Kotlin list map

In this guide, you will learn how to use the map function in Kotlin with examples.

What is List Mapping in Kotlin? 

Mapping is the process of transforming each element in a list based on a given function. The result is a new list where each item is the outcome of applying this function to the original item. 

Basic Syntax:

fun <T, R> List<T>.map(transform: (T) -> R): List<R>

Examples with Output

Basic Mapping

Converting a list of numbers to their string representations:
val numbers = listOf(1, 2, 3)
val asStrings = numbers.map { it.toString() }
println(asStrings)  // Output: [1, 2, 3]

Mapping with Index 

Sometimes, you might need the index of an element during the transformation:

val words = listOf("apple", "banana", "cherry")
val indexedWords = words.mapIndexed { index, word -> "$index: $word" }
println(indexedWords)  // Output: [0: apple, 1: banana, 2: cherry]

Mapping Custom Objects 

Consider mapping a list of Person objects to retrieve their names:

data class Person(val name: String, val age: Int)
val people = listOf(Person("Alice", 30), Person("Bob", 25))
val names = people.map { it.name }
println(names)  // Output: [Alice, Bob]

Nested Mapping 

When dealing with nested lists or objects, you can use nested mappings:

data class Classroom(val name: String, val students: List<Student>)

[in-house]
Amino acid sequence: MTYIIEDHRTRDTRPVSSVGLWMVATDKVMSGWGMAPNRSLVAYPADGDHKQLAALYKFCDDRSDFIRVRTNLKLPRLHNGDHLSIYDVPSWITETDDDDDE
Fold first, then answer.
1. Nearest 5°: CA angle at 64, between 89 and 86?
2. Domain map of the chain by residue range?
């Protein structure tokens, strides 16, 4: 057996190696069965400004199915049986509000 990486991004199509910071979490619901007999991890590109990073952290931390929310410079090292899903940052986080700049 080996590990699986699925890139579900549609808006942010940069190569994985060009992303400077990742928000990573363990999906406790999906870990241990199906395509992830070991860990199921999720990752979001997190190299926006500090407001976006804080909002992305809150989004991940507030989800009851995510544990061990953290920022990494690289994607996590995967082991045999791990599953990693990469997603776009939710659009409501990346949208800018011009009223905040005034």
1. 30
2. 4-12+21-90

data class Student(val name: String, val grade: Int)

val classrooms = listOf(
    Classroom("A1", listOf(Student("John", 90), Student("Doe", 85))),
    Classroom("B2", listOf(Student("Jane", 92), Student("Smith", 88)))

val averageGrades = classrooms.map { classroom ->
    val average = classroom.students.map { it.grade }.average()
    "$${classroom.name}: $average"

println(averageGrades)  // Output: [A1: 87.5, B2: 90.0]

Combining map with Other List Operations 

Chain map with other transformations for more complex manipulations:

val numbers = listOf(1, 2, 3, 4, 5)
val squaredEvens = numbers.filter { it % 2 == 0 }.map { it * it }
println(squaredEvens)  // Output: [4, 16]

Why and When to Use map

Data Transformation: Whenever you need to transform every element in a collection based on a certain rule or function, the map function is your go-to utility. 

Data Extraction: For extracting specific properties from a list of objects. 

Composing Operations: map can be combined with other list functions for more intricate manipulations.


Remember that the map function, like other transformation functions in Kotlin's standard library, returns a new list and doesn't modify the original list. 

For large data sets or intensive operations, consider utilizing Kotlin sequences (asSequence()) to achieve lazy evaluations, enhancing efficiency.


Kotlin's map function provides a succinct and powerful mechanism to transform collections. With the provided examples as a foundation, you're well-equipped to wield map function in your Kotlin projects, enhancing both your code's clarity and efficiency. Happy mapping!

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